You’ve got to figure out what is really driving YOU in your work, and align your actions and your focus to serve that greater purpose.

Is It A Constraint?

If you’re trying to focus your efforts to fix or grow your business, you need to not only ensure that it’s something you can control, and serves the greater purpose, but to get the biggest “wins” in the shortest amount of time, you need to identify the constraints.

A constraint is something that is holding your business back from being what it could be.

Perhaps you’re an incredibly talented songwriter and musician, yet your albums only sell a few hundred copies, and you haven’t yet started making a full-time income from your art.

The constraint could be any number of things. Marketing, awareness, pricing… there’s no one answer that is true for everyone.

What you need to do is look at your business objectively and figure out where the weak links are. Then you can focus on one at a time, strengthening them so they’re now a strong part of your business.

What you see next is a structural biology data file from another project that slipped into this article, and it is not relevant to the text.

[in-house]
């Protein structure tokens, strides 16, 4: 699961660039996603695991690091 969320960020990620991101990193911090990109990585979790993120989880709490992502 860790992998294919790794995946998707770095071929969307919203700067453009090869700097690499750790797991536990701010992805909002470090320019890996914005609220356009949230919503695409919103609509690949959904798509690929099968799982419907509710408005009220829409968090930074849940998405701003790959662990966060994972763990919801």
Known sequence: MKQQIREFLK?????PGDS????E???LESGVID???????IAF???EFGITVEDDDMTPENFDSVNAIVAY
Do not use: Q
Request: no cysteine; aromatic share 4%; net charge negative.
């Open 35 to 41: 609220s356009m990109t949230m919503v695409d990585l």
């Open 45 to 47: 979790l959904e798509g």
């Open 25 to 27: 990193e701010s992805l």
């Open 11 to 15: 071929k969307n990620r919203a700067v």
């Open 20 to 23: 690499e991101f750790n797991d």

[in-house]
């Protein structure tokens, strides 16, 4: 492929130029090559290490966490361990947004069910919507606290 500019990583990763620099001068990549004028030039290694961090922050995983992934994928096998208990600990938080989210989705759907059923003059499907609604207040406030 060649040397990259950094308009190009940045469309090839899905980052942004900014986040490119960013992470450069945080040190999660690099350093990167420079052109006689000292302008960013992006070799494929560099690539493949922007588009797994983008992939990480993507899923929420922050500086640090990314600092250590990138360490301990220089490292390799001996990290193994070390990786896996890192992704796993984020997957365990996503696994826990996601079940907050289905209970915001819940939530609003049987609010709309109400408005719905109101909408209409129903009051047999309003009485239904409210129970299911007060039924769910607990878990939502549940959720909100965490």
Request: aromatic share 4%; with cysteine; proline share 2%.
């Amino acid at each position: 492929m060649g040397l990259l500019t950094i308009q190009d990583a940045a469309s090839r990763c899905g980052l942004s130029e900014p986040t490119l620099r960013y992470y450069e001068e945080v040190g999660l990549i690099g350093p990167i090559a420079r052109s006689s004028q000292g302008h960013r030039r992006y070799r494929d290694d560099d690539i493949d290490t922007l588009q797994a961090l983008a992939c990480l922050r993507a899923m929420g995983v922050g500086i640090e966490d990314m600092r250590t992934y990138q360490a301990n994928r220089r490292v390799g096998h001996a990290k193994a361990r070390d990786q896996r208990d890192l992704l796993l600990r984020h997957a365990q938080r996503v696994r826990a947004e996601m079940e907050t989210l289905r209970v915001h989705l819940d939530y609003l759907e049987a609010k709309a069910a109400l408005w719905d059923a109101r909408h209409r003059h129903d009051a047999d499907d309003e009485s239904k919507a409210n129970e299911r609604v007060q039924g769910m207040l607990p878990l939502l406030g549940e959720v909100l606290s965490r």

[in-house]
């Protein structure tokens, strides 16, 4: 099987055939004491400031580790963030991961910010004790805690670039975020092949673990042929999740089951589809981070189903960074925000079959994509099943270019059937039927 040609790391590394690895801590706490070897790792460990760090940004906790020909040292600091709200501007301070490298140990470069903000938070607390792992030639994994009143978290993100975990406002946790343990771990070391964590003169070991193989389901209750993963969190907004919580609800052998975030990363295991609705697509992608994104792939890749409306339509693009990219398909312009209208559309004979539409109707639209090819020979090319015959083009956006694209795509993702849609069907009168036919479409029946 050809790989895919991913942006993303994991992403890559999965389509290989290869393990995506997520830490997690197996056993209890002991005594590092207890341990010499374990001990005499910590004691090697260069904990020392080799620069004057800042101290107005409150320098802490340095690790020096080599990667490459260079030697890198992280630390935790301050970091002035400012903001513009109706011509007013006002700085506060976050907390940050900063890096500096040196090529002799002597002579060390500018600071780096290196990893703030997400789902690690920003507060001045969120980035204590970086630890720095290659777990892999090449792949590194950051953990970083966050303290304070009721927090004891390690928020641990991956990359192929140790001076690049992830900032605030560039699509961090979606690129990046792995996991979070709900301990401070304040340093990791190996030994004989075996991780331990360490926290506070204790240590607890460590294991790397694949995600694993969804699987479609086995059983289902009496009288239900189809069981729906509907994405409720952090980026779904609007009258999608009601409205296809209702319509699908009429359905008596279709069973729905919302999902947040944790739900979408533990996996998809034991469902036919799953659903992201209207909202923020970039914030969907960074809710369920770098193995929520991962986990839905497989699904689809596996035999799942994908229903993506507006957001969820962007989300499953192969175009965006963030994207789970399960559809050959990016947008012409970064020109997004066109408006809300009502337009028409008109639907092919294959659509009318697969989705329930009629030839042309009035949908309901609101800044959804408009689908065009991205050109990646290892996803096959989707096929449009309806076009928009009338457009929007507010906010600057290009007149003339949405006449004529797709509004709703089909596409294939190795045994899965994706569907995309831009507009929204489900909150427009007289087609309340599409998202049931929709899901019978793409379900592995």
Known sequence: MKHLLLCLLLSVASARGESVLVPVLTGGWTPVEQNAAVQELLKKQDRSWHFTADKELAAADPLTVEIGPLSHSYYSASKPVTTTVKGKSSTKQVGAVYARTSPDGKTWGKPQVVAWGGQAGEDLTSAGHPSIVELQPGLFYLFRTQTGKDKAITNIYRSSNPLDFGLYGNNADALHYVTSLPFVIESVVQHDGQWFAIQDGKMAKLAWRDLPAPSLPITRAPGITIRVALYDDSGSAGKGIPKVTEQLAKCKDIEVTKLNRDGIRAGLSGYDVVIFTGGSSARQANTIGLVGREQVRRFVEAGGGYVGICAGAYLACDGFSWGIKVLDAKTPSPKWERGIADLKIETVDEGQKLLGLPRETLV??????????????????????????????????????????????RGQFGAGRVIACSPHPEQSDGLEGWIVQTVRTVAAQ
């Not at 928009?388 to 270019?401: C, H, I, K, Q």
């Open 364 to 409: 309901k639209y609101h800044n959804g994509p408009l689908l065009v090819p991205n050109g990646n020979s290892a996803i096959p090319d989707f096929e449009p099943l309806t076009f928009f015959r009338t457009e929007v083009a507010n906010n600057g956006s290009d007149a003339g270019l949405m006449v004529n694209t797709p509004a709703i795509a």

Pick one constraint at a time, and your business will grow much faster than if you just tried to improve on your strengths.

The Superpower Is Being Able To Know The Right Place To Put Your Focus

In this whole process, there’s a superpower in being able to see what’s true. Being able to look objectively at your business, rather than just going with your gut on what to work on from day to day.

Part of this 60 Day Project was to solve one of my biggest weaknesses – awareness. Not enough people know that I exist, that I’m trying to help creatives with their businesses, and that I have the ability to do so.

Not enough people know about the app that I made over the summer specifically to help creatives find the constraints in their business.

So, I took action on something I can control. I can write and publish content and share it with people who might benefit from it.

I can improve each new post so that more people share it with others.

I can point people in the right direction through the posts to help them on their creative journey.

All of these things serve the greater goal of contribution and growth that drives my businesses. And by focusing on the biggest constraint, I’m taking conscious action to change the results I’m getting from my business.

You can do the same.